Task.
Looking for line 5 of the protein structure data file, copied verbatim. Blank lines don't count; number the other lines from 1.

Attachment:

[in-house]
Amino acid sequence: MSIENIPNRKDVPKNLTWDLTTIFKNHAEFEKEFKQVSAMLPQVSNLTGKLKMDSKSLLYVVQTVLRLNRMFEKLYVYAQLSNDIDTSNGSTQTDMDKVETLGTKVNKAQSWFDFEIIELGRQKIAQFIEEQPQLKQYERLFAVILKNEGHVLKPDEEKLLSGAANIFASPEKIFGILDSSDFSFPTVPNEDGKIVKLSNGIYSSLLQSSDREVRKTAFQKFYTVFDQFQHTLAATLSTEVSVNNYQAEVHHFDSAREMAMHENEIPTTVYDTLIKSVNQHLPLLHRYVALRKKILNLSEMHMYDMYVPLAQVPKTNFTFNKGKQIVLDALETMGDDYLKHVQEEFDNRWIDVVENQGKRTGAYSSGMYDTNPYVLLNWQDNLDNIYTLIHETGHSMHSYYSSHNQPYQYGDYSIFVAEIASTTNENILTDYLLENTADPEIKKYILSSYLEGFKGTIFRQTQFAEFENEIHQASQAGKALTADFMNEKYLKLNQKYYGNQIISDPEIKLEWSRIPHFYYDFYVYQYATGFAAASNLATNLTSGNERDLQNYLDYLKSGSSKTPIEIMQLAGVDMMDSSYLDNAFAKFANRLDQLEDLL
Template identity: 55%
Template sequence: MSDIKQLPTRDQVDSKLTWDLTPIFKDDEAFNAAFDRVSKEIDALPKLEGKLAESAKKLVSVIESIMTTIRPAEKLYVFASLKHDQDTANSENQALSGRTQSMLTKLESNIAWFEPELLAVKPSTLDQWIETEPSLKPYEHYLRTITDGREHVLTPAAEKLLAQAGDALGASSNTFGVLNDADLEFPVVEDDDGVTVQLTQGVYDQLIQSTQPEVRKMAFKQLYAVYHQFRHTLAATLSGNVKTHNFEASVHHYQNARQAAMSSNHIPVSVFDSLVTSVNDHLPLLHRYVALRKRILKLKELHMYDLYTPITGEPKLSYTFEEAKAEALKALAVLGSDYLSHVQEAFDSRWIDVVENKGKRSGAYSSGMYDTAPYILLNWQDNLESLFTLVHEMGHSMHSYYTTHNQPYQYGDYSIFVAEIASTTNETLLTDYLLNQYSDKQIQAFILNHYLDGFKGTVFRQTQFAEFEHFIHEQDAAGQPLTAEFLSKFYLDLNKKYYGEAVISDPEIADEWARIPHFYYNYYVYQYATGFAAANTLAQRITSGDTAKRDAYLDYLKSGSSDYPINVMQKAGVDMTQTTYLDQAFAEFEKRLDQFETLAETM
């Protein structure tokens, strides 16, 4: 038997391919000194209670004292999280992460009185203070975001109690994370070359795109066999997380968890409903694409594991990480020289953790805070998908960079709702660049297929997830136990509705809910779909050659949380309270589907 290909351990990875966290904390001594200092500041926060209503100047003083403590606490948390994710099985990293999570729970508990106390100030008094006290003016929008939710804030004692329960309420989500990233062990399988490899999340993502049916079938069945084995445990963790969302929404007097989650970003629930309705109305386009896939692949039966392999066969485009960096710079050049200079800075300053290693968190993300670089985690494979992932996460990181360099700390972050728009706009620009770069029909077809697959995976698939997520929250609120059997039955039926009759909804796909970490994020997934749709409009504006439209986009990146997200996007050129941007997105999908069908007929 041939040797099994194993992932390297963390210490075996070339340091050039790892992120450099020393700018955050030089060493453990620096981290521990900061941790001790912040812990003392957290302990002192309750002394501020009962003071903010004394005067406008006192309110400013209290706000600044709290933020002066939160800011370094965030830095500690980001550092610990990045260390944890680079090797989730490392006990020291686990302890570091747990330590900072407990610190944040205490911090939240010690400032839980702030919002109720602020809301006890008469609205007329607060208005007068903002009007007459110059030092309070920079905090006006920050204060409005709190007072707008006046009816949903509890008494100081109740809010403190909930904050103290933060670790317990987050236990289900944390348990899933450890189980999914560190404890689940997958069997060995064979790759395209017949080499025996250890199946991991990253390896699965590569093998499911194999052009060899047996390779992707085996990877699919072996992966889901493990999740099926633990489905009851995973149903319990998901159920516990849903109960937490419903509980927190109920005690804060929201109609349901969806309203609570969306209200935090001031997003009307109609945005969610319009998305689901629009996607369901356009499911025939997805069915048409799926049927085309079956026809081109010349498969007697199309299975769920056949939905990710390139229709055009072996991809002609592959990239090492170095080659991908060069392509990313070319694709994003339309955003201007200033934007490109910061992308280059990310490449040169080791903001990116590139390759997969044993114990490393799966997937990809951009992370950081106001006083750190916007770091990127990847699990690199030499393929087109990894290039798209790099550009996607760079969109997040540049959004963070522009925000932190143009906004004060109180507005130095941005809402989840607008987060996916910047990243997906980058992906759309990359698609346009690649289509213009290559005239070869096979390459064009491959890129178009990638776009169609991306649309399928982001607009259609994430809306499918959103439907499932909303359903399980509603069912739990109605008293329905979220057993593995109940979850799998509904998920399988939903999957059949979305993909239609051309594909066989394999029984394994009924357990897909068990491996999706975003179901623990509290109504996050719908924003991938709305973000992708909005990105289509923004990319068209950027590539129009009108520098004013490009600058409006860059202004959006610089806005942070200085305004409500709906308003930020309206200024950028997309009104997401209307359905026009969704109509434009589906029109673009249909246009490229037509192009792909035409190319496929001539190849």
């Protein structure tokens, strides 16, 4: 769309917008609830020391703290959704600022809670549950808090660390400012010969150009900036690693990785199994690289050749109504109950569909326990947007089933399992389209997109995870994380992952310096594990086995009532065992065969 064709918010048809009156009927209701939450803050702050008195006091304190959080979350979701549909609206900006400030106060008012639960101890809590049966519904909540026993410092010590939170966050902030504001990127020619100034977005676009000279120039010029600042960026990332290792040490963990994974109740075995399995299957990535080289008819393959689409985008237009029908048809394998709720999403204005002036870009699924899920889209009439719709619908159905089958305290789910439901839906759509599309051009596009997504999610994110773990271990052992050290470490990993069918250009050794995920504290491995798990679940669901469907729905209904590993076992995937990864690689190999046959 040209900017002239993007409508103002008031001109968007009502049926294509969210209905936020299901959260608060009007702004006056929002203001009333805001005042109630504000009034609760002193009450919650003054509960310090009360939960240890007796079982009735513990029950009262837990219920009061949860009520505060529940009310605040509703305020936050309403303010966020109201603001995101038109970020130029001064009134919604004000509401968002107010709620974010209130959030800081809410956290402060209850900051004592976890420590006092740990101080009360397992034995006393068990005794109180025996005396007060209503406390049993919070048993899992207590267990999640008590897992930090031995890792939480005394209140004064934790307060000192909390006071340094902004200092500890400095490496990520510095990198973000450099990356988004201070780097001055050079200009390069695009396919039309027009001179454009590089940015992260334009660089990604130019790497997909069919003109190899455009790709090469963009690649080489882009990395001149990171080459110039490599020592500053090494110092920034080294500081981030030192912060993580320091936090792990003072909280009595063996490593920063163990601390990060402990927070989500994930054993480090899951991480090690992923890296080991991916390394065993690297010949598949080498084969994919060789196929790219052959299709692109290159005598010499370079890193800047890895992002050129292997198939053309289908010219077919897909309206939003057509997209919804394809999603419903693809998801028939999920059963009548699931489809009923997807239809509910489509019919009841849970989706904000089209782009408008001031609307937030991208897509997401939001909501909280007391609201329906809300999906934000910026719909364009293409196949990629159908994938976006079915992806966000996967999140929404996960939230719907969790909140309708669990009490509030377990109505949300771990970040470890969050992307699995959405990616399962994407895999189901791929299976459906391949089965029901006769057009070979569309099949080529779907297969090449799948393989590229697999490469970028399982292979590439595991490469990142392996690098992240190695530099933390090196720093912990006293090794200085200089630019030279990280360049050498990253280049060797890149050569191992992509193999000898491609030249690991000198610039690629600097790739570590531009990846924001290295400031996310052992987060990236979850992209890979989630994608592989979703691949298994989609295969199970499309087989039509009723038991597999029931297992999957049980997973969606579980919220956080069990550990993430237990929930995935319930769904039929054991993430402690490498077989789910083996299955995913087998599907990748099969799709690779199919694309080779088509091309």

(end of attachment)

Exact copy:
């Protein structure tokens, strides 16, 4: 038997391919000194209670004292999280992460009185203070975001109690994370070359795109066999997380968890409903694409594991990480020289953790805070998908960079709702660049297929997830136990509705809910779909050659949380309270589907 290909351990990875966290904390001594200092500041926060209503100047003083403590606490948390994710099985990293999570729970508990106390100030008094006290003016929008939710804030004692329960309420989500990233062990399988490899999340993502049916079938069945084995445990963790969302929404007097989650970003629930309705109305386009896939692949039966392999066969485009960096710079050049200079800075300053290693968190993300670089985690494979992932996460990181360099700390972050728009706009620009770069029909077809697959995976698939997520929250609120059997039955039926009759909804796909970490994020997934749709409009504006439209986009990146997200996007050129941007997105999908069908007929 041939040797099994194993992932390297963390210490075996070339340091050039790892992120450099020393700018955050030089060493453990620096981290521990900061941790001790912040812990003392957290302990002192309750002394501020009962003071903010004394005067406008006192309110400013209290706000600044709290933020002066939160800011370094965030830095500690980001550092610990990045260390944890680079090797989730490392006990020291686990302890570091747990330590900072407990610190944040205490911090939240010690400032839980702030919002109720602020809301006890008469609205007329607060208005007068903002009007007459110059030092309070920079905090006006920050204060409005709190007072707008006046009816949903509890008494100081109740809010403190909930904050103290933060670790317990987050236990289900944390348990899933450890189980999914560190404890689940997958069997060995064979790759395209017949080499025996250890199946991991990253390896699965590569093998499911194999052009060899047996390779992707085996990877699919072996992966889901493990999740099926633990489905009851995973149903319990998901159920516990849903109960937490419903509980927190109920005690804060929201109609349901969806309203609570969306209200935090001031997003009307109609945005969610319009998305689901629009996607369901356009499911025939997805069915048409799926049927085309079956026809081109010349498969007697199309299975769920056949939905990710390139229709055009072996991809002609592959990239090492170095080659991908060069392509990313070319694709994003339309955003201007200033934007490109910061992308280059990310490449040169080791903001990116590139390759997969044993114990490393799966997937990809951009992370950081106001006083750190916007770091990127990847699990690199030499393929087109990894290039798209790099550009996607760079969109997040540049959004963070522009925000932190143009906004004060109180507005130095941005809402989840607008987060996916910047990243997906980058992906759309990359698609346009690649289509213009290559005239070869096979390459064009491959890129178009990638776009169609991306649309399928982001607009259609994430809306499918959103439907499932909303359903399980509603069912739990109605008293329905979220057993593995109940979850799998509904998920399988939903999957059949979305993909239609051309594909066989394999029984394994009924357990897909068990491996999706975003179901623990509290109504996050719908924003991938709305973000992708909005990105289509923004990319068209950027590539129009009108520098004013490009600058409006860059202004959006610089806005942070200085305004409500709906308003930020309206200024950028997309009104997401209307359905026009969704109509434009589906029109673009249909246009490229037509192009792909035409190319496929001539190849």